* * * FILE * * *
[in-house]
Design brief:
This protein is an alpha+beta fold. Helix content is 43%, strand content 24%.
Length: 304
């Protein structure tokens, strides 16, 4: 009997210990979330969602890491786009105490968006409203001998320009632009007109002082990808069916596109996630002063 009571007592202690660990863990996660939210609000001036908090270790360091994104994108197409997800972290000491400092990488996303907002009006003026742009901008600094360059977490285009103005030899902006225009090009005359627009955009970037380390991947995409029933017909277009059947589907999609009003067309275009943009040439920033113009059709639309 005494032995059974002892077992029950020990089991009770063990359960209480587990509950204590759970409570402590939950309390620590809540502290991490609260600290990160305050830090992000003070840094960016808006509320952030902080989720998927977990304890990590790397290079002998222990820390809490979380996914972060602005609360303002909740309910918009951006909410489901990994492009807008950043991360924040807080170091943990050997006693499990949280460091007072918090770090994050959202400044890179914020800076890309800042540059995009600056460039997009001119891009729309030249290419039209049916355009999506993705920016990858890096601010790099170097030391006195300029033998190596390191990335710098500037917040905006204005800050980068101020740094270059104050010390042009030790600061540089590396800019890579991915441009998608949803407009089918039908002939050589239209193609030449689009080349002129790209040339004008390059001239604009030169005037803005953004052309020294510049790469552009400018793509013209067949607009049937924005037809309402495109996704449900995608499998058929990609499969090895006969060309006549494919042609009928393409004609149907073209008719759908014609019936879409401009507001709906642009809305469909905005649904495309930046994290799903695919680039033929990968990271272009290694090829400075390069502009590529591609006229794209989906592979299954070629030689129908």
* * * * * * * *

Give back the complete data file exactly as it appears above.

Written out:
[in-house]
Design brief:
This protein is an alpha+beta fold. Helix content is 43%, strand content 24%.
Length: 304
């Protein structure tokens, strides 16, 4: 009997210990979330969602890491786009105490968006409203001998320009632009007109002082990808069916596109996630002063 009571007592202690660990863990996660939210609000001036908090270790360091994104994108197409997800972290000491400092990488996303907002009006003026742009901008600094360059977490285009103005030899902006225009090009005359627009955009970037380390991947995409029933017909277009059947589907999609009003067309275009943009040439920033113009059709639309 005494032995059974002892077992029950020990089991009770063990359960209480587990509950204590759970409570402590939950309390620590809540502290991490609260600290990160305050830090992000003070840094960016808006509320952030902080989720998927977990304890990590790397290079002998222990820390809490979380996914972060602005609360303002909740309910918009951006909410489901990994492009807008950043991360924040807080170091943990050997006693499990949280460091007072918090770090994050959202400044890179914020800076890309800042540059995009600056460039997009001119891009729309030249290419039209049916355009999506993705920016990858890096601010790099170097030391006195300029033998190596390191990335710098500037917040905006204005800050980068101020740094270059104050010390042009030790600061540089590396800019890579991915441009998608949803407009089918039908002939050589239209193609030449689009080349002129790209040339004008390059001239604009030169005037803005953004052309020294510049790469552009400018793509013209067949607009049937924005037809309402495109996704449900995608499998058929990609499969090895006969060309006549494919042609009928393409004609149907073209008719759908014609019936879409401009507001709906642009809305469909905005649904495309930046994290799903695919680039033929990968990271272009290694090829400075390069502009590529591609006229794209989906592979299954070629030689129908």